Moreover, volunteering can give you a sense of purpose. With the demands of everyday life, particularly amidst a global pandemic, it is easy to get caught up in negative thought patterns and to be overwhelmed by stress. Volunteering helps give you a sense of purpose, which can be incredibly helpful in improving your mood.
During the pandemic, staying at home as much as possible has been encouraged, and while it is the safe and responsible thing to do, it can also be very isolating and lead to feelings of loneliness. Being part of an organization, even if you are only connected virtually, will remind you that you are not alone and that you matter.
As an added bonus, employers tend to look favorably on applicants with volunteer experience. Why? When a group of college students are volunteering, it shows that they are able to solve problems, are team players, and are familiar with working with all types of personalities. These skills can be invaluable in the workplace, so employers take notice of resumes that highlight volunteering.
Whether you know a group of appliance repair experts that can help community members maintain their homes during the pandemic or you have a car you are willing and able to use to deliver medications, volunteering helps your community and boosts your sense of personal satisfaction.
College Students Volunteer at Cancer Support Community of East Tennessee
Inspired by her mother’s battle with cancer, Andrea Conners started an initiative designed to provide senior cancer patients with the skills they need to navigate their journeys. Speaking on her mother’s illness, Conners said, “She didn’t have the digital literacy skills she needed to be able to successfully navigate her journey.”
The Patient Empowerment Network’s free digital learning program pairs college students with patients to help them learn how to search the internet, connect with other patients and family members who may be far away. Students familiar with web design can help patients better advocate for themselves through online searches, such as helping them to find a delayed cancer diagnosis lawyer.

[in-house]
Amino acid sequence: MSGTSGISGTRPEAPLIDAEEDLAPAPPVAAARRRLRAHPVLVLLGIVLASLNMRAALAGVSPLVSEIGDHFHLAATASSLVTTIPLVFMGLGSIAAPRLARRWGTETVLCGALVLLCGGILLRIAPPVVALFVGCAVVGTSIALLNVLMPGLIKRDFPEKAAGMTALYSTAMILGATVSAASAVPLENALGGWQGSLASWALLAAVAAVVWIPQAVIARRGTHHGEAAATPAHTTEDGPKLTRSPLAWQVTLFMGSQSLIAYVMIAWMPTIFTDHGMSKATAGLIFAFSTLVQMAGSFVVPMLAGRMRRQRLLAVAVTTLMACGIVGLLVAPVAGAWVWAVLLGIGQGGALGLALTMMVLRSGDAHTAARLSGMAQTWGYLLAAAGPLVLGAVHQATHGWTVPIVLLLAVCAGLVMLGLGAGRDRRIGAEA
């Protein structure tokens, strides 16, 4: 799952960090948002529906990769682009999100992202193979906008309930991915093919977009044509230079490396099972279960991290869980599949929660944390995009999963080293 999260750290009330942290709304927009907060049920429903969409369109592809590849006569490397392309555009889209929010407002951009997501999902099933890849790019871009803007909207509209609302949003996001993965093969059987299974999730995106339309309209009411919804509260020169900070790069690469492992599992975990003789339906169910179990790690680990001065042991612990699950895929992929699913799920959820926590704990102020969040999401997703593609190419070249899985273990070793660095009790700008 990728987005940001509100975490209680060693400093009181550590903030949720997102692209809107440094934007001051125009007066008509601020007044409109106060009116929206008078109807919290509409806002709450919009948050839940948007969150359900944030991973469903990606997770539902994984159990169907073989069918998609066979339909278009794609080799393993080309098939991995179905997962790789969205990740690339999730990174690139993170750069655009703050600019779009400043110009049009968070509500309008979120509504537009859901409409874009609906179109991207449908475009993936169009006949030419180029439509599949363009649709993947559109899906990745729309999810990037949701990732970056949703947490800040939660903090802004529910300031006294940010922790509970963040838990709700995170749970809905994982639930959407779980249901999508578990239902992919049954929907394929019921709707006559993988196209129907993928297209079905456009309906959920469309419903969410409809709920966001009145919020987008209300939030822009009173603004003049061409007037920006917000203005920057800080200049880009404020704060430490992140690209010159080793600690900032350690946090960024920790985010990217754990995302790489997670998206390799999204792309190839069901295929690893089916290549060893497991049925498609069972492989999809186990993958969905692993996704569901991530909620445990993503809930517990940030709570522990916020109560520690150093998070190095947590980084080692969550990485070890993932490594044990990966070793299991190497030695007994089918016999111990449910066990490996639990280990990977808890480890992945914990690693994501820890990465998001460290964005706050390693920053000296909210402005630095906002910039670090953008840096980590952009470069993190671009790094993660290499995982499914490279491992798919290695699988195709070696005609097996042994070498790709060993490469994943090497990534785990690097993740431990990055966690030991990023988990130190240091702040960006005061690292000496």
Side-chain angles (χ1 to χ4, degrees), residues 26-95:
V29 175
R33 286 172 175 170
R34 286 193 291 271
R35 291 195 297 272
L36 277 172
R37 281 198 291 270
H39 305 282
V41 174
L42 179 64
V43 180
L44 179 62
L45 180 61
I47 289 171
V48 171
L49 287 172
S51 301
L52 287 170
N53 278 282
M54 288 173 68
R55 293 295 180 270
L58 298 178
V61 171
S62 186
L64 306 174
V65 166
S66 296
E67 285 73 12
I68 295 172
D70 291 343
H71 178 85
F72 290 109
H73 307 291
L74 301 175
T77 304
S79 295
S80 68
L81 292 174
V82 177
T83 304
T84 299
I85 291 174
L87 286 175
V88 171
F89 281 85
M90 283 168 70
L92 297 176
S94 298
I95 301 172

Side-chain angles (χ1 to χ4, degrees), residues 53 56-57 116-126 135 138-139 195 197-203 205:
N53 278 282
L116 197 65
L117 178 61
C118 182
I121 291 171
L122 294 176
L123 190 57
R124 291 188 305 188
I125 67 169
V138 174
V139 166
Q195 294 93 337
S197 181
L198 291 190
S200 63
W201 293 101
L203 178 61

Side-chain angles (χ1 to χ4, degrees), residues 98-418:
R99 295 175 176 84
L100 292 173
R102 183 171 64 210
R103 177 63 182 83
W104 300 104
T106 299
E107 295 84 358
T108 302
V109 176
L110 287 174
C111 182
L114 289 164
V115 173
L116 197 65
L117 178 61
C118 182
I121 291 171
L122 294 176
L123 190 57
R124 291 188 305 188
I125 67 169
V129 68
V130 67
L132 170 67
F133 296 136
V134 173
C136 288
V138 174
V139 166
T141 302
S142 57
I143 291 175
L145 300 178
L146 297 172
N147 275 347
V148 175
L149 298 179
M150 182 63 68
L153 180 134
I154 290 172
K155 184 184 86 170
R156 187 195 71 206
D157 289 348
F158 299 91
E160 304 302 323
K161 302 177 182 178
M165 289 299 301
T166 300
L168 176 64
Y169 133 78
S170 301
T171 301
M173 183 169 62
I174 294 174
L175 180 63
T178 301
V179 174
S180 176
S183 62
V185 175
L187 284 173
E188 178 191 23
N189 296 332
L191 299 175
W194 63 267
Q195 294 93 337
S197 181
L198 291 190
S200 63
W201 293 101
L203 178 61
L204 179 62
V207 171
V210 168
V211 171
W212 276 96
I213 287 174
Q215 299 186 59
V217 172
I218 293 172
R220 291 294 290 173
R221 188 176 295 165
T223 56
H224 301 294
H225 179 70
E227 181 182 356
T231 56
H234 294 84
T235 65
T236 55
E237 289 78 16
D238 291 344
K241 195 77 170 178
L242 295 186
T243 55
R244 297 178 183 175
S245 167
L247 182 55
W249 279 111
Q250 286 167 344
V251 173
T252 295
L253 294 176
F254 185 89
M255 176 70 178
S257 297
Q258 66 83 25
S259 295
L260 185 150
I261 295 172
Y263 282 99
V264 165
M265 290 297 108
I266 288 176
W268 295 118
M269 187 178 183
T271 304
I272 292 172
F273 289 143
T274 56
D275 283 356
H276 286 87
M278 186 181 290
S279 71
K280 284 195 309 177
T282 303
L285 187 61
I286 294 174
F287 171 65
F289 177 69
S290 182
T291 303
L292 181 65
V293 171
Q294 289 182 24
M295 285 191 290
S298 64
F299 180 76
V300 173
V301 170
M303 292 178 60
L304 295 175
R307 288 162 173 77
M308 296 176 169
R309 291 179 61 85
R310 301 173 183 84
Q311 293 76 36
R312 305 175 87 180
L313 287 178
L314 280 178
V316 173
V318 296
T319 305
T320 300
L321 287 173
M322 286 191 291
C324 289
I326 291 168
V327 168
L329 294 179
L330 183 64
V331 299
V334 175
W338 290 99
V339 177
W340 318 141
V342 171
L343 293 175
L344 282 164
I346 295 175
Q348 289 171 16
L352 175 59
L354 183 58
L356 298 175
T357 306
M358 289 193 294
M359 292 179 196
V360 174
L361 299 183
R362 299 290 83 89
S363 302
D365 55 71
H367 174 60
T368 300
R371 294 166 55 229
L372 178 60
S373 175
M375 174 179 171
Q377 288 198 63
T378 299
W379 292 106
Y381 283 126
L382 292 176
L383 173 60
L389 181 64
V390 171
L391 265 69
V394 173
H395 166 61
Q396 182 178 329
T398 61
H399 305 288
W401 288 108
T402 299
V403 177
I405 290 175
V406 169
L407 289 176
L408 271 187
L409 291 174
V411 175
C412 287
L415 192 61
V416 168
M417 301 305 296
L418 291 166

The need for a program like this is much greater with the current pandemic. Conners and a group of college students are volunteering their time to help patients find resources they can use to connect them to other people on a similar journey. Overall, the mission is to give confidence and comfort to older patients who may not be able to self-advocate along their cancer journey.
“It’s very overwhelming and oftentime they need to learn a whole new vocabulary. And, we know that patients who have that vocabulary – who are health literate – tend to be more a part of their treatment and therefore have better outcomes,” said Conners.
Patients enter the program knowing very little about current technology, but Conners said that “About five minutes in, everyone is laughing, taking selfies, and its really a wonderful thing to see.”
Whether you want to volunteer your time at a community center, hospital, or you can take the time to help a family member, sharing your knowledge of the internet and technology can go a very long way in helping people feel less isolated and more empowered.